Tip #4: Train your baby for independent play
I learned this one from my mother: when I was just a baby, my mother “trained” me to be comfortable playing by myself. Early on, this involved setting my in my crib with a few books and walking out of the room. Quickly, I learned the pleasures of alone time, and was content to play by myself with a few toys and books for at least half an hour at a time. This gave my mother the opportunity to get some much-needed work done (or, hell, rest for a minute), and taught me early on to use my imagination.
Now, as an adult, I love quiet. I love being alone. I have never felt truly bored. Ever. Isn’t that strange? I attribute all of this to my parents and their emphasis on alone time. As a working-from-home-with-baby mom (I still don’t know what to call it), I’ve found this practice to be essential to my own productivity.
I began when Chloe was young. At about the same time every day, I’d put her in her crib with the book Art for Baby and let her stare at the pictures for a while. If she got fussy, I’d go in and coo at her for a little until she calmed down, then would resume my post in the next room (keeping her baby monitor close by). Very quickly, her baby brain began to recognize this daily ritual of “quiet time.”
Now that she is older, I make sure Chloe has 2 quiet “half hours” (longer if she’s into it) every day. For the first half hour, generally between breakfast and lunch, I let her sit in my bed and read to herself. I make a big show of selecting a stack of books, laying them all out, and letting her pick which one to start. My voice is upbeat and excited, showing her what an awesome opportunity it is to get some alone time! Right now, as I write this, I can hear her making animal noises and babble sounds. It’s been 20 minutes already, and she hasn’t looked for me once. Bonus: this usually leads into nap time, so I get another hour-plus of work under my belt.
For the second half hour, I let her do an activity, independently. Yesterday, I made a batch of homemade finger paint. I played with her for a bit, then set her up with a few more sheets of paper and sat at the table answering emails while she continued to create. Happy as a clam, she made about a dozen pictures, and I only had to intervene once (when those chubby little fingers got a little tooooo close to the walls).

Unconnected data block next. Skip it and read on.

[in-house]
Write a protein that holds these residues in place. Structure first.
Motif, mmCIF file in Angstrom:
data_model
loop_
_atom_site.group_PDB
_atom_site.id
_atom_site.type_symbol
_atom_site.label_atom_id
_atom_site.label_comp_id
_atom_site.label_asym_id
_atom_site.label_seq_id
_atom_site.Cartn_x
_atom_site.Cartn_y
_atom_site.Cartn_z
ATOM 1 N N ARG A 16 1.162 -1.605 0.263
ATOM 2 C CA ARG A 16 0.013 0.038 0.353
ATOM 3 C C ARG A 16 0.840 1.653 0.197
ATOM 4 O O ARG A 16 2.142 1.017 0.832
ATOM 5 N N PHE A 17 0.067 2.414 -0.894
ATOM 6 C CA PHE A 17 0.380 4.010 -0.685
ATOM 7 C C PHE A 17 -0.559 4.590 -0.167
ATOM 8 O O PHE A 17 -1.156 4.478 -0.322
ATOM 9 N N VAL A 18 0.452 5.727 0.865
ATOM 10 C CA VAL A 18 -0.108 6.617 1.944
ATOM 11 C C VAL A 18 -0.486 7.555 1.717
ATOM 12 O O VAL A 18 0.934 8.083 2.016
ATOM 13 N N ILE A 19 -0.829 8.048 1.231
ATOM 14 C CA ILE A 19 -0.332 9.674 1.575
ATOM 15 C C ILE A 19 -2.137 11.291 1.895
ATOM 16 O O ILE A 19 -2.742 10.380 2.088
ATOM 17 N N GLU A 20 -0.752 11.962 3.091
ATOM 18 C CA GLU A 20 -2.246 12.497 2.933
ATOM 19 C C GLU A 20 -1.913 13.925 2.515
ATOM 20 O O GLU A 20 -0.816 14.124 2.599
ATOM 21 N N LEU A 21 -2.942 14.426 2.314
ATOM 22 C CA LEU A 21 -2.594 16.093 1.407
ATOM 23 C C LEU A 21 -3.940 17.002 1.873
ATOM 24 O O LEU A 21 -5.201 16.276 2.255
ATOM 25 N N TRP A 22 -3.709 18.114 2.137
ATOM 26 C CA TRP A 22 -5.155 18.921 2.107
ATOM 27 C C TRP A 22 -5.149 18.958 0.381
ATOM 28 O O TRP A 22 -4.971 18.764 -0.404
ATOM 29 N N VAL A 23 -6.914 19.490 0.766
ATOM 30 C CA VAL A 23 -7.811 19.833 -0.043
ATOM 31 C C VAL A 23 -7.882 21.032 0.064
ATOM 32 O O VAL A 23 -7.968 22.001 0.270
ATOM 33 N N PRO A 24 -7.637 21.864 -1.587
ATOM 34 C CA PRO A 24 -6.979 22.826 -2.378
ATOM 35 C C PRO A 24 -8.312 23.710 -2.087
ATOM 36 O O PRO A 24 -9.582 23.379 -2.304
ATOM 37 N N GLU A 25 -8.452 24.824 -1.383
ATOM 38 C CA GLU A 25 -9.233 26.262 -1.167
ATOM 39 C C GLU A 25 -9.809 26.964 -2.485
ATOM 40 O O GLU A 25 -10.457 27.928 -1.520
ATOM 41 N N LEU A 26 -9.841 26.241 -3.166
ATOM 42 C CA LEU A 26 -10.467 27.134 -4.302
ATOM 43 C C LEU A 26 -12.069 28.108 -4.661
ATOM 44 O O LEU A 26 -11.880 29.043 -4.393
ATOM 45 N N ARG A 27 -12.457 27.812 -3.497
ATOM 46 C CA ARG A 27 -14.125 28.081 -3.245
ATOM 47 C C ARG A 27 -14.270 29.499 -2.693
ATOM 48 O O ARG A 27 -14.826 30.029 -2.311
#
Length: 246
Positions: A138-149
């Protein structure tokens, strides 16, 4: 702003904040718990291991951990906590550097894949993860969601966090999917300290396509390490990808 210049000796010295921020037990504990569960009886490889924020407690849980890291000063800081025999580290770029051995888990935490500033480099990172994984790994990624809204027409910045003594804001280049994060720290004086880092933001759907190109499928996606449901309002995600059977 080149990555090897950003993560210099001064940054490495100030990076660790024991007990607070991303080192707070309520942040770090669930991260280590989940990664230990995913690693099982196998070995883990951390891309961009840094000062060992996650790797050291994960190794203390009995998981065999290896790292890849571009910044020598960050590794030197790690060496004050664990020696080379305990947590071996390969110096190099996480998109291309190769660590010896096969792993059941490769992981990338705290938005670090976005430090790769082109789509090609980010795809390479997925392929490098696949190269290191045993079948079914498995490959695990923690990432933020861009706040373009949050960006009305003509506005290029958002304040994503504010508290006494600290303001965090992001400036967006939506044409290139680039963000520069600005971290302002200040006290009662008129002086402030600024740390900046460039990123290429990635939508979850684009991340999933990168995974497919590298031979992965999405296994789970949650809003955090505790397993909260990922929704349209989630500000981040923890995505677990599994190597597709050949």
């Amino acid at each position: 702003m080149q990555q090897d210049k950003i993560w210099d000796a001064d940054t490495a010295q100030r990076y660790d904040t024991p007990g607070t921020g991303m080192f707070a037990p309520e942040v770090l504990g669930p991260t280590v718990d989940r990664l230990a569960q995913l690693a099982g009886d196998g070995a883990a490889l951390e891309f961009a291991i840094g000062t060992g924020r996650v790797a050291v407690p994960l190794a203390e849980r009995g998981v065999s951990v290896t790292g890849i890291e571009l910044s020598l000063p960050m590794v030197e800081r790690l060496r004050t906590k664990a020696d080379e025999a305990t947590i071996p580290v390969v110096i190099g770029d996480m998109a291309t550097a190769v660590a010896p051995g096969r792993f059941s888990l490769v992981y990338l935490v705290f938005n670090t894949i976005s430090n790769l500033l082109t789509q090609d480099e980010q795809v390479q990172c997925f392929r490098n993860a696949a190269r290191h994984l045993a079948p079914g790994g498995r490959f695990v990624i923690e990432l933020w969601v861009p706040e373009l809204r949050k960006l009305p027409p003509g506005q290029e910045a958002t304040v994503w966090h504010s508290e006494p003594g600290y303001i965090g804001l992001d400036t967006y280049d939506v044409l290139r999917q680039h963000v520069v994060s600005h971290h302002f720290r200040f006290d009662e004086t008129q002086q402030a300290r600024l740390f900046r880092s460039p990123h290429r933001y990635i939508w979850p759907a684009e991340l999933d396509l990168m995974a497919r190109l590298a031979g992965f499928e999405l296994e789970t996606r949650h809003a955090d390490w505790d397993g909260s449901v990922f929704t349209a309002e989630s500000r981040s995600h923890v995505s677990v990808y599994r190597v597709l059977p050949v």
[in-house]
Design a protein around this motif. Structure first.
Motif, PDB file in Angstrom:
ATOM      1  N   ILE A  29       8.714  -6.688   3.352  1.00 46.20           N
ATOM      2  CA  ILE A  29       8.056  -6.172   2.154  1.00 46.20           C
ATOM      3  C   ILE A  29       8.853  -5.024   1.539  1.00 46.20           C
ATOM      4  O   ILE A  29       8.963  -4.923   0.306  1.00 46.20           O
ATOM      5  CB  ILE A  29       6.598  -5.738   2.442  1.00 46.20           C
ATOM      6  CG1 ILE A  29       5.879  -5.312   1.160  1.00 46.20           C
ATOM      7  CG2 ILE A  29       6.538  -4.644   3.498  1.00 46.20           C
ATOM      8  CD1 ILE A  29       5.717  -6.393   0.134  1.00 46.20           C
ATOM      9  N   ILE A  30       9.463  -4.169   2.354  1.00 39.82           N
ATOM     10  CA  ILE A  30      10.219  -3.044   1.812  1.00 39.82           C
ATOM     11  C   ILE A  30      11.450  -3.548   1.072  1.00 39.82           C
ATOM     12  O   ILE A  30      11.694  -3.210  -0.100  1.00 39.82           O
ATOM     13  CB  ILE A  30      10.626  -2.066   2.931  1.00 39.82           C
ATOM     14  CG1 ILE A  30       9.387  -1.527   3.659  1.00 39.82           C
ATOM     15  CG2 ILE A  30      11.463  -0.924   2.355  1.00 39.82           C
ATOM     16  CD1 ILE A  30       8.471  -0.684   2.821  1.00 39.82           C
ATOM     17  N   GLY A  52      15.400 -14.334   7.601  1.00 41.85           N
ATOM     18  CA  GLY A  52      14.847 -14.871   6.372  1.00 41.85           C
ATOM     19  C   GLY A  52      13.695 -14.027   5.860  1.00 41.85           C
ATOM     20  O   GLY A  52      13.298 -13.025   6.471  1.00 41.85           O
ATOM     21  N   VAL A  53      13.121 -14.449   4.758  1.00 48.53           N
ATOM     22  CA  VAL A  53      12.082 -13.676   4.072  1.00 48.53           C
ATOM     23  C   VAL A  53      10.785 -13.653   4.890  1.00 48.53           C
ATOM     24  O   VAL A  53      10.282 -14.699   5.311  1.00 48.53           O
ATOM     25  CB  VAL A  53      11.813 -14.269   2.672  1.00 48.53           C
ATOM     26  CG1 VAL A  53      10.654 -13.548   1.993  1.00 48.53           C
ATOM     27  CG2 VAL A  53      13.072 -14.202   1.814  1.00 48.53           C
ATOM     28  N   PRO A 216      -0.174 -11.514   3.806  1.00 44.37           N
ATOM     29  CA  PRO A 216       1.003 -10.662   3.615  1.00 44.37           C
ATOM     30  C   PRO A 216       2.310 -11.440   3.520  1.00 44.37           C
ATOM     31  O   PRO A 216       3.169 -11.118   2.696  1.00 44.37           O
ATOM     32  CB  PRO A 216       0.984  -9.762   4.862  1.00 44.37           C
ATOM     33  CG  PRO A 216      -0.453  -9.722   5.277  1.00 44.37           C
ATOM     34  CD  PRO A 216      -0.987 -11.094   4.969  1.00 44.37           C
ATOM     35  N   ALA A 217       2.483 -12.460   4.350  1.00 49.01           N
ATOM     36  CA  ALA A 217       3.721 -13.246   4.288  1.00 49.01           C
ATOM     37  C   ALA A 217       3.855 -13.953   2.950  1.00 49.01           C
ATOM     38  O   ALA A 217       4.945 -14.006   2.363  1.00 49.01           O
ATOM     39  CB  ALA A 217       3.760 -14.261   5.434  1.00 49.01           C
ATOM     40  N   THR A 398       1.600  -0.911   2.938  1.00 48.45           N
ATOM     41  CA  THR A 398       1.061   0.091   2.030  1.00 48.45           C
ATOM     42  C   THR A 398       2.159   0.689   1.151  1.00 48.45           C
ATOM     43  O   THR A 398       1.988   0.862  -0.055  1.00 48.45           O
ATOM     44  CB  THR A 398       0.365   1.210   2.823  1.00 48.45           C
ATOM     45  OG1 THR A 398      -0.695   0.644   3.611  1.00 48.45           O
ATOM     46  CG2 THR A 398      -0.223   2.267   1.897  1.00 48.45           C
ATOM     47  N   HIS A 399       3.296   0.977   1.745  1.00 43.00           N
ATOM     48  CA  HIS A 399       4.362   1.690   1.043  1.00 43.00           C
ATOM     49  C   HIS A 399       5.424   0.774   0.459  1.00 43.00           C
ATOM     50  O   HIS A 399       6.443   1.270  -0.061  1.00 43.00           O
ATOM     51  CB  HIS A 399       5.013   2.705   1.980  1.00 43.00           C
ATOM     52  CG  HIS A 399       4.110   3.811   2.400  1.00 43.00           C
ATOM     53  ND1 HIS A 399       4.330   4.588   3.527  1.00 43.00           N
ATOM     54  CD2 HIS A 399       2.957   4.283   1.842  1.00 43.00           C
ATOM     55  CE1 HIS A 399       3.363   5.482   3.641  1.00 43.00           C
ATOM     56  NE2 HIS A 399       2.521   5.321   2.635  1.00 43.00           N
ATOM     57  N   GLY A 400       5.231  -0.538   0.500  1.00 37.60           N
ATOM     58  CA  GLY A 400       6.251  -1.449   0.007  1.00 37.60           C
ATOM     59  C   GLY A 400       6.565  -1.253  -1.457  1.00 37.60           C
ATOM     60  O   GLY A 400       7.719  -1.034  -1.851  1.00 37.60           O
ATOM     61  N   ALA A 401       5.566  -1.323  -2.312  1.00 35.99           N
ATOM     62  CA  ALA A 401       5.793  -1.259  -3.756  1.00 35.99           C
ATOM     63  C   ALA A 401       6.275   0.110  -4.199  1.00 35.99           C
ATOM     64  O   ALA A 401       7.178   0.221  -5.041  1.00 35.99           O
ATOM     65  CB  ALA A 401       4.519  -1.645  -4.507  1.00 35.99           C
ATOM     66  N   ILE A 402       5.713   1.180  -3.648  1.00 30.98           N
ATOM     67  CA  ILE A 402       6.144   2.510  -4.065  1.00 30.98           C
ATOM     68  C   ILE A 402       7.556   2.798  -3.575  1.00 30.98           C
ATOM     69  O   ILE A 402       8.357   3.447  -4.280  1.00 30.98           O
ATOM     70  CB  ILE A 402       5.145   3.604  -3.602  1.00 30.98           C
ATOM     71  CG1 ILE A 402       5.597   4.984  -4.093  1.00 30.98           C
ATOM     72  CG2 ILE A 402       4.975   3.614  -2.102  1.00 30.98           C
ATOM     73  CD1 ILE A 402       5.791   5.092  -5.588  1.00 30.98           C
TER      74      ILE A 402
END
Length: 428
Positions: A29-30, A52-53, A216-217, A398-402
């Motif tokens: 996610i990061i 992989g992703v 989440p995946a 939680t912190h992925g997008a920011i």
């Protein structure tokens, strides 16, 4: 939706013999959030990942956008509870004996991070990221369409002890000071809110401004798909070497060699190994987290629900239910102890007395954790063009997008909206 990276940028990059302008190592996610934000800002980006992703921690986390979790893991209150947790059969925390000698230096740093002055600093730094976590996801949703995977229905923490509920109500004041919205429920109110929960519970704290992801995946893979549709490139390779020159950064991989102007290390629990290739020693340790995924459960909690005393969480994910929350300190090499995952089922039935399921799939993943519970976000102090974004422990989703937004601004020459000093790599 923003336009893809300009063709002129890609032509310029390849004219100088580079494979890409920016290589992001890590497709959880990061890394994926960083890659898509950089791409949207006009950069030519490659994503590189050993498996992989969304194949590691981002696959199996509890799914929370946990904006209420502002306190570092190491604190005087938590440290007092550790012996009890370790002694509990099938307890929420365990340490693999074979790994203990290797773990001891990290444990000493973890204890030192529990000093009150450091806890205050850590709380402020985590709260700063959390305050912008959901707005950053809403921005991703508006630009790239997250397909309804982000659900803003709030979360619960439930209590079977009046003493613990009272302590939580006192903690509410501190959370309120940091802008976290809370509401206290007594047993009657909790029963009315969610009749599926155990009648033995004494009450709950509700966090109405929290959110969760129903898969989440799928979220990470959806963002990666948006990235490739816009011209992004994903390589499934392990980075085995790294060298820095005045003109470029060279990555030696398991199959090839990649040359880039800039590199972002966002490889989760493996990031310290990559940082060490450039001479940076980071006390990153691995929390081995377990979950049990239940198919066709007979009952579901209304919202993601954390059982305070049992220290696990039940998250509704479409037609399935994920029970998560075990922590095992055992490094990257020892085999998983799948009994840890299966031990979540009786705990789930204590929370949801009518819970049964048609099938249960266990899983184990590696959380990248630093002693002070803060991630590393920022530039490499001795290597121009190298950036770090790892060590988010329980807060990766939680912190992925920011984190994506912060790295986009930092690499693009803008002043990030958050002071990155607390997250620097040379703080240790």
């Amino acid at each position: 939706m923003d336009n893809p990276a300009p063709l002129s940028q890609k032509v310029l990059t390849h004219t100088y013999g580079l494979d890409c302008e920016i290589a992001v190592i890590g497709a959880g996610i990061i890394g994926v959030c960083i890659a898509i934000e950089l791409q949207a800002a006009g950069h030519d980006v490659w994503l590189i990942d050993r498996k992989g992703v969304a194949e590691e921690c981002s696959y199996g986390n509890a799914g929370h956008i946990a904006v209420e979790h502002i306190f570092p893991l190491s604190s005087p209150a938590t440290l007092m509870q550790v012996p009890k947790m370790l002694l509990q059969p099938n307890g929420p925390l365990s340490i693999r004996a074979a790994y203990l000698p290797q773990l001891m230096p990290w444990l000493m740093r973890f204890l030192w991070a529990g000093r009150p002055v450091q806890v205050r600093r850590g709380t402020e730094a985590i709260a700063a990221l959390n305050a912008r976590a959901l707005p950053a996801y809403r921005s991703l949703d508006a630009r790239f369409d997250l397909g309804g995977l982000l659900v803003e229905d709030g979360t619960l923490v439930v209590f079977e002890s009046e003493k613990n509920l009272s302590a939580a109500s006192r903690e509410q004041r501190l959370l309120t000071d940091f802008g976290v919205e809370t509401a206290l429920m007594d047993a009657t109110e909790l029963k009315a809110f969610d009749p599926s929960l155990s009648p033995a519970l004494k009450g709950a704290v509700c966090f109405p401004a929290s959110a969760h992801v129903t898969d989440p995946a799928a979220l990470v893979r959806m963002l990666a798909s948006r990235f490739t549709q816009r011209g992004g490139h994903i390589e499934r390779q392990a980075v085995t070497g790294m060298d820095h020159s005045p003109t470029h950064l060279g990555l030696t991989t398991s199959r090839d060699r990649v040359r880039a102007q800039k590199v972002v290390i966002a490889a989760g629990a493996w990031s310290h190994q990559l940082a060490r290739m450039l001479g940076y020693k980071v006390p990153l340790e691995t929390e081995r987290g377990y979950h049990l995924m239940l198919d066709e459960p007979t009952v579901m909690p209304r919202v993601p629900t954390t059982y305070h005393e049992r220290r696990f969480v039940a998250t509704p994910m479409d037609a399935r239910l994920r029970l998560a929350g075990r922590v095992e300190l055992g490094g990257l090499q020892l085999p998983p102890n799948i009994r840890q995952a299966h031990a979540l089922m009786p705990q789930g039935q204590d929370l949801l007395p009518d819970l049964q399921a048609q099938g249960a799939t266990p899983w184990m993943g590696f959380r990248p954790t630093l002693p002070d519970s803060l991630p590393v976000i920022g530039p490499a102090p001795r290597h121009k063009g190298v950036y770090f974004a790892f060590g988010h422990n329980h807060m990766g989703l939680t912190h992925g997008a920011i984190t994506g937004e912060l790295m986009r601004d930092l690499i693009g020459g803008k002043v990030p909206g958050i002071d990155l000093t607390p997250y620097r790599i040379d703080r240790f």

By adding these “quiet times” to our daily routine, I get an extra bonus hour of productivity. This is enough time to reach out to clients, write a press release, or design a brochure, tasks that need quick bursts of focus.
I sometimes think that because moms have the pressure of “being it all,” this negatively informs how we interact with our children. The tendency is to be hovering all the time, watching the baby’s every movement, over-narrating ever gesture so that the baby learns, dammit!, detracts from the very important task of allowing the child to explore their own individuality. I’ve sat in a library with mothers who follow their toddler’s every footstep, narrating along the way (“Left foot! Right foot! Great job, Johnny! Now reach for a book! It’s a red book! Okay, the blue book! Now open it!”) As well-intended these narrations are, I sometimes wonder if in Johnny’s little baby brain he’s thinking “will you be quiet for just one second?!”
One thing a working-from-home mom lacks is quiet. By instituting some (mandatory) independent play into your child’s day, you may be one step closer to achieving even the most fleeting moments of silence.
Little disclosure: I am not a child development expert, nor claim to be an expert of any sort. I am just sharing the things I’m learning on my journey as a working-with-baby mom. What works for me, may not work for you. And that’s just great.